NEWSLETTER"When I go to an art gallery and stand in front of a painting, I don't want someone telling me what I should be seeing or thinking; I want to feel whatever I feel, see whatever I see, and figure out what I figure out."- James Frey
As a society, we have much to talk about concerning women’s rights and equality. As an artist, I believe my role is to make observations and reflect them back to the viewer. With this series of encaustic portraits, I aim to stimulate thought and begin conversations about how we can make an even better nation.
My artwork focuses on my experience as a woman, both in society and within my own skin. My creative process is central to my artwork. It starts when I become curious about a concept. Then I reflect or investigate the idea, and finally I take a creative action. The concept of the artwork, and the discovery of its meaning, is often more important to me than the media itself. And thus, I feel free to switch media to better express my meaning.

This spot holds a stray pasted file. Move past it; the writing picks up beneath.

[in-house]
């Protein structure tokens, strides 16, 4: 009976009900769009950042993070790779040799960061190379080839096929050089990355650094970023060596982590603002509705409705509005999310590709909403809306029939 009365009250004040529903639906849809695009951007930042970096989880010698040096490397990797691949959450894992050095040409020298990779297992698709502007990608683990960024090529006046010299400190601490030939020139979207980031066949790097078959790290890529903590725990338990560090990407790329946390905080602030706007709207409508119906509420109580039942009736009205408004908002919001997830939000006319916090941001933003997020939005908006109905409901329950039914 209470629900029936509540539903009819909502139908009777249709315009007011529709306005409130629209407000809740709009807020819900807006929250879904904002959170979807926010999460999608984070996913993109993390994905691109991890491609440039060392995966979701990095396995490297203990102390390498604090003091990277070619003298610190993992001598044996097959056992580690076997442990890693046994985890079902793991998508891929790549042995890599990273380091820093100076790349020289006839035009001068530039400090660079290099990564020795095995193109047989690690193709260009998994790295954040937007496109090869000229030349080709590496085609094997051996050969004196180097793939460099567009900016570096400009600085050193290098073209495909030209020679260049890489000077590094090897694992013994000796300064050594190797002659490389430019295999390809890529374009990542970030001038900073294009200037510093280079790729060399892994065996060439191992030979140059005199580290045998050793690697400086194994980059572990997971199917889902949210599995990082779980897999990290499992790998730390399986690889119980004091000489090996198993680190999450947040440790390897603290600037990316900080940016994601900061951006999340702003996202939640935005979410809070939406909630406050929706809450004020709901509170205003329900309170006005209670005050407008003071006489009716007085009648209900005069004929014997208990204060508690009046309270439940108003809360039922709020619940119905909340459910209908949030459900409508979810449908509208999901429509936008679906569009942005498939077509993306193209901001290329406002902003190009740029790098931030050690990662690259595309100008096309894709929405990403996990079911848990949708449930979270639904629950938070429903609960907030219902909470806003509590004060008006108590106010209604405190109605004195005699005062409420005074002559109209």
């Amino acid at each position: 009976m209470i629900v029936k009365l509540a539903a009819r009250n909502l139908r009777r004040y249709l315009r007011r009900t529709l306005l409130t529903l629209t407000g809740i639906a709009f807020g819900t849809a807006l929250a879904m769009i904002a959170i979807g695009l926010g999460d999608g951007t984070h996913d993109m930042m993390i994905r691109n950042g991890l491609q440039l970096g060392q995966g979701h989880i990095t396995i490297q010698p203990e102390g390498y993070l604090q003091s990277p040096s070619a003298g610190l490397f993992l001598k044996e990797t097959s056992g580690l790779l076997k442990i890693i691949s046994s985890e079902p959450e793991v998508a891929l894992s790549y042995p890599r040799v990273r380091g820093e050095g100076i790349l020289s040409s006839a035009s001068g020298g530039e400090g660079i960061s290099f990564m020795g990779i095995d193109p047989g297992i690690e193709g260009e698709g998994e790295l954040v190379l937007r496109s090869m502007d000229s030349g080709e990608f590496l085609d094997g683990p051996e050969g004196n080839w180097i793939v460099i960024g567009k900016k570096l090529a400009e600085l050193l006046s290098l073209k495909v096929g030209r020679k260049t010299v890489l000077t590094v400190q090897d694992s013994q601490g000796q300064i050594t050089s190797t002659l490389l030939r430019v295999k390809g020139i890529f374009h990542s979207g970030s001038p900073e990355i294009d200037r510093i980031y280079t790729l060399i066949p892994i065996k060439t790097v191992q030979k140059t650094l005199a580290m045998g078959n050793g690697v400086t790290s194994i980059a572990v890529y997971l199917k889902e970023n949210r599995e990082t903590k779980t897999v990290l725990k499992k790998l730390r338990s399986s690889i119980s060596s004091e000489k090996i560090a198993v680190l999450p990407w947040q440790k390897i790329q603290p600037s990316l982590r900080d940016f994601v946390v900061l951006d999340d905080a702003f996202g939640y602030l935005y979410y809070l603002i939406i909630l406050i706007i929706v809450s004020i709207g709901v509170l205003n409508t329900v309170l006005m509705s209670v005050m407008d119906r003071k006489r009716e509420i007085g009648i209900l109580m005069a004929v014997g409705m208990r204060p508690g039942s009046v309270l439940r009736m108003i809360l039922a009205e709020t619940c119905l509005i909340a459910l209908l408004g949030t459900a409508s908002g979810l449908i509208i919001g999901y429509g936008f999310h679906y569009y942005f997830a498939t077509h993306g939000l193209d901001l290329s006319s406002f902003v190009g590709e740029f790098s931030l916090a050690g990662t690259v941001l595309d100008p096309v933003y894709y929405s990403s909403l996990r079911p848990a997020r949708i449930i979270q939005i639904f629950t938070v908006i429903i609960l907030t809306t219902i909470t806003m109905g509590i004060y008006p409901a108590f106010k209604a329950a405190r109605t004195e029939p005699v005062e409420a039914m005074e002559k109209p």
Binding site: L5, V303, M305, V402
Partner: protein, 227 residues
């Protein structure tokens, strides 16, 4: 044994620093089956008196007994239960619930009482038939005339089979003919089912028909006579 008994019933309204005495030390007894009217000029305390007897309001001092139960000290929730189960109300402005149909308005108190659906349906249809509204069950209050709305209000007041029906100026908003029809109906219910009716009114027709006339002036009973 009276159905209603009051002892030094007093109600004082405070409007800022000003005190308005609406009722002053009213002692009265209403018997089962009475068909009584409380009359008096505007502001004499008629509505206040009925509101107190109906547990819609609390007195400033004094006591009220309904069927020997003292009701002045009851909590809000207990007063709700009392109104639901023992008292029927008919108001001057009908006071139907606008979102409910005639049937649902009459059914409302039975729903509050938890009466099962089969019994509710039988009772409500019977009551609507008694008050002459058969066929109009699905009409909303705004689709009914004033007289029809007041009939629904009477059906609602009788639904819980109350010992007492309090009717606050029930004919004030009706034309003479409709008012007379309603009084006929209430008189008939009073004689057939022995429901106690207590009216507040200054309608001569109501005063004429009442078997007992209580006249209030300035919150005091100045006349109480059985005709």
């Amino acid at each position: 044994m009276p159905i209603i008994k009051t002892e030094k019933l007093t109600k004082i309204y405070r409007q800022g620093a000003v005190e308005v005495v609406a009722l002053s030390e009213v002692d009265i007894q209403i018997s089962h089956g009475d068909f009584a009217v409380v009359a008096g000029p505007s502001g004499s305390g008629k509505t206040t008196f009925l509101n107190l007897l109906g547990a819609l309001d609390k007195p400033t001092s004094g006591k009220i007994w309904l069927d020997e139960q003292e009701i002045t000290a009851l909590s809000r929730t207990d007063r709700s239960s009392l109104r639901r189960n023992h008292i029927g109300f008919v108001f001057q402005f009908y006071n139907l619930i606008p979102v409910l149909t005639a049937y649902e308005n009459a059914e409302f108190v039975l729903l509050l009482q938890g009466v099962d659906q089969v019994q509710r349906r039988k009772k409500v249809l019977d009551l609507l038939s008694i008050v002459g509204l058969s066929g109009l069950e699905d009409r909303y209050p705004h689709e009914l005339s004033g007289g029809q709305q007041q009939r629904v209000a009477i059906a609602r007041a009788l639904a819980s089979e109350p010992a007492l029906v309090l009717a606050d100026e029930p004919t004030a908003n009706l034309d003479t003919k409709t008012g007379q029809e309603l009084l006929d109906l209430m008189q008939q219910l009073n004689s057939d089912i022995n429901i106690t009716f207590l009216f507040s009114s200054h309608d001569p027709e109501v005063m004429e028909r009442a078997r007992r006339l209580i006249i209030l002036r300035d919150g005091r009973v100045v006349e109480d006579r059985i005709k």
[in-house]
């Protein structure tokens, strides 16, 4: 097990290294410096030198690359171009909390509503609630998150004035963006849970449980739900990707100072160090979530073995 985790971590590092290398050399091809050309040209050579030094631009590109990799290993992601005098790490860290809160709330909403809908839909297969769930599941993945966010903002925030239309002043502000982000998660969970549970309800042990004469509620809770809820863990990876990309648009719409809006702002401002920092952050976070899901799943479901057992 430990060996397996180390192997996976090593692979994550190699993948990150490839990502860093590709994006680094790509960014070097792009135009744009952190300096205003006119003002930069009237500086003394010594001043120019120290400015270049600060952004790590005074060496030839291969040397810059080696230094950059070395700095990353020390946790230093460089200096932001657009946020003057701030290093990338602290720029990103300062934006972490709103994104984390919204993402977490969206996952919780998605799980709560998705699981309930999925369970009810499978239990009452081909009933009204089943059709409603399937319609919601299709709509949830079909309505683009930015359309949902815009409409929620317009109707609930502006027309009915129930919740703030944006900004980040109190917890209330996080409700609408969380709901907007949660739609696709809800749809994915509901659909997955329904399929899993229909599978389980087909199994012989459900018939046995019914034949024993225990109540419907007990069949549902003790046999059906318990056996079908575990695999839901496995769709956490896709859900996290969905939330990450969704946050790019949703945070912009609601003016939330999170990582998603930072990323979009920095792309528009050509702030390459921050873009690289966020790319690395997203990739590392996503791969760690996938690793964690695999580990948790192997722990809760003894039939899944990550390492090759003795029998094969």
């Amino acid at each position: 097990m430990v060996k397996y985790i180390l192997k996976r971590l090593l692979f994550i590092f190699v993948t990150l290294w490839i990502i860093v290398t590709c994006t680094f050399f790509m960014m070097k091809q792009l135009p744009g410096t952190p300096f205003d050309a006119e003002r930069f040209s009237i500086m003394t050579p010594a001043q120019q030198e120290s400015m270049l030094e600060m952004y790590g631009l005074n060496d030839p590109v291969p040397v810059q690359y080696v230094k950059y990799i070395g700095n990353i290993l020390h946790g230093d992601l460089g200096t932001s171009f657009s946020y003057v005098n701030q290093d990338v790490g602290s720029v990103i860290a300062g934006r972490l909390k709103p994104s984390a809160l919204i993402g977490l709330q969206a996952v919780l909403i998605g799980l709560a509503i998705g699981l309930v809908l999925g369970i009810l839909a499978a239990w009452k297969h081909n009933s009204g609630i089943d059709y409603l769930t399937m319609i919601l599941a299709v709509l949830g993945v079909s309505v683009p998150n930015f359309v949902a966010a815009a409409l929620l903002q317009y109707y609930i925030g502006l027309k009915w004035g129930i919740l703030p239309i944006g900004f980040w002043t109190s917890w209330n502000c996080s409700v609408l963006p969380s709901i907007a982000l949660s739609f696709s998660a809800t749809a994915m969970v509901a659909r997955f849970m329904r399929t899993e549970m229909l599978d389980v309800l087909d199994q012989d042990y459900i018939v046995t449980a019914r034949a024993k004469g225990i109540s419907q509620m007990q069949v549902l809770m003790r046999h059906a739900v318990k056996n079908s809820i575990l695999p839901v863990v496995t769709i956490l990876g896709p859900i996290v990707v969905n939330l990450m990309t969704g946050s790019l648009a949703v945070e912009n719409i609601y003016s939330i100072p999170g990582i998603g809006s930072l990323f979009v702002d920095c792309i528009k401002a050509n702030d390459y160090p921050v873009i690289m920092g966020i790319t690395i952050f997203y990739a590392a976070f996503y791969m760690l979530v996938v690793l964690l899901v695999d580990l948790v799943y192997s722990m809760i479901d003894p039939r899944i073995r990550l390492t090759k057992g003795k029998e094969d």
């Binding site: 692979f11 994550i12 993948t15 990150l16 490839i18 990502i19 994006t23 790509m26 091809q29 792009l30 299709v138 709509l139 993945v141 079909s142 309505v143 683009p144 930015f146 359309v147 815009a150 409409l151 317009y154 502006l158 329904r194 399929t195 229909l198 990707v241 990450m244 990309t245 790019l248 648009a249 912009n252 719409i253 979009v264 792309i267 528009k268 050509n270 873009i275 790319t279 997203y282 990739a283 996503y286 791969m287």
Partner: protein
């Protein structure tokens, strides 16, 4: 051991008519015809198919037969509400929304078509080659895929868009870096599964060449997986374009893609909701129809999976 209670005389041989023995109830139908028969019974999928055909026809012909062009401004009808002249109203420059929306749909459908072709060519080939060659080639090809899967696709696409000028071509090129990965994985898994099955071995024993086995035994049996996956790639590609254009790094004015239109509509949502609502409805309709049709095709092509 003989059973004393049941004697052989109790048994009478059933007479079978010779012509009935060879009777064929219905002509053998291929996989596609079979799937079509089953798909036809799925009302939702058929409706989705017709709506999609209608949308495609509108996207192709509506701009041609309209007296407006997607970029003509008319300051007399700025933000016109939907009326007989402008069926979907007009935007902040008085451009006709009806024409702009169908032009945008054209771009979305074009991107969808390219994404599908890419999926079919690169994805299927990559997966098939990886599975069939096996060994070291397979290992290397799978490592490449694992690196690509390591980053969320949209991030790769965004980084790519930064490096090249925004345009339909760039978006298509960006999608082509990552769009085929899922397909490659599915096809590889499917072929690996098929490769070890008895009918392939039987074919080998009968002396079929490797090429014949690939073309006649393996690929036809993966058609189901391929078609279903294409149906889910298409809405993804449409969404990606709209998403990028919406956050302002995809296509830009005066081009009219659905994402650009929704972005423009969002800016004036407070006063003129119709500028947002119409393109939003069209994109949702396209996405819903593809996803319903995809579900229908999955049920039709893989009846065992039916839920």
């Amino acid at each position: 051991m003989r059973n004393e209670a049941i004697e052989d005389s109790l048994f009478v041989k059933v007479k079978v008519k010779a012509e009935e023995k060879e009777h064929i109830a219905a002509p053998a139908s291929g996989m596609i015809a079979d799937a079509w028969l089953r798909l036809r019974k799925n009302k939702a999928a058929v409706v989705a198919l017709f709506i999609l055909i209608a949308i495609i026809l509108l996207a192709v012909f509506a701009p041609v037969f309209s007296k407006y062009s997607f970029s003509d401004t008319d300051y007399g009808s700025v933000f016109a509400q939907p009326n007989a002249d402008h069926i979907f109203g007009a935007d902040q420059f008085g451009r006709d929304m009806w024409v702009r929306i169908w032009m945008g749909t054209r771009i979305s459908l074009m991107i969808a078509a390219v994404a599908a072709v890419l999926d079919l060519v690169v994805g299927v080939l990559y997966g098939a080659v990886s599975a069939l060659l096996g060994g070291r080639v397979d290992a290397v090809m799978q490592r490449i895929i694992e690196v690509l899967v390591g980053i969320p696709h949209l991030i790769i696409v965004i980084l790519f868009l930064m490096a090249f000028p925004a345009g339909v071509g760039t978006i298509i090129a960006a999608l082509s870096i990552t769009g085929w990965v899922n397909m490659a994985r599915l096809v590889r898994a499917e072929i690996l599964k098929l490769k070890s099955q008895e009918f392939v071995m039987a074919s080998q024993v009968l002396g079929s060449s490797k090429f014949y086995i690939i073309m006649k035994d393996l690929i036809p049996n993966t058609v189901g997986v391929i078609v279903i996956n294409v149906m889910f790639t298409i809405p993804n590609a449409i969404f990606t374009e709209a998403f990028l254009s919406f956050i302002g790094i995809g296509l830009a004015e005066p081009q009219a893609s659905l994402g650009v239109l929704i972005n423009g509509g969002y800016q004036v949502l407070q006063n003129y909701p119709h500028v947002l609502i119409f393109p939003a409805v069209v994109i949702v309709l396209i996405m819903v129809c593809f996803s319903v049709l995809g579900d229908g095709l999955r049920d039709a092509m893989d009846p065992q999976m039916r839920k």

Recently I have been painting with wax, both encaustic and cold wax with oil paint. I love the experience of working with wax, both the feel and smell of it. I have discovered many layers of meaning hidden within this media. Wax is sensual and fragile, yet still durable, like my own skin. Like the experience of me as a woman.
My process of curiosity to creative action is evident within my series of suffrage portraits. I became curious about my own history as a woman. Then, I began to investigate the individual leaders involved in woman’s suffrage. From this research I created a series of almost fifty portraits and twenty assemblage pieces telling the story of women’s suffrage. Sometimes my creative action manifests with the actual artwork, but other times it comes in the form of social activism such as registering voters.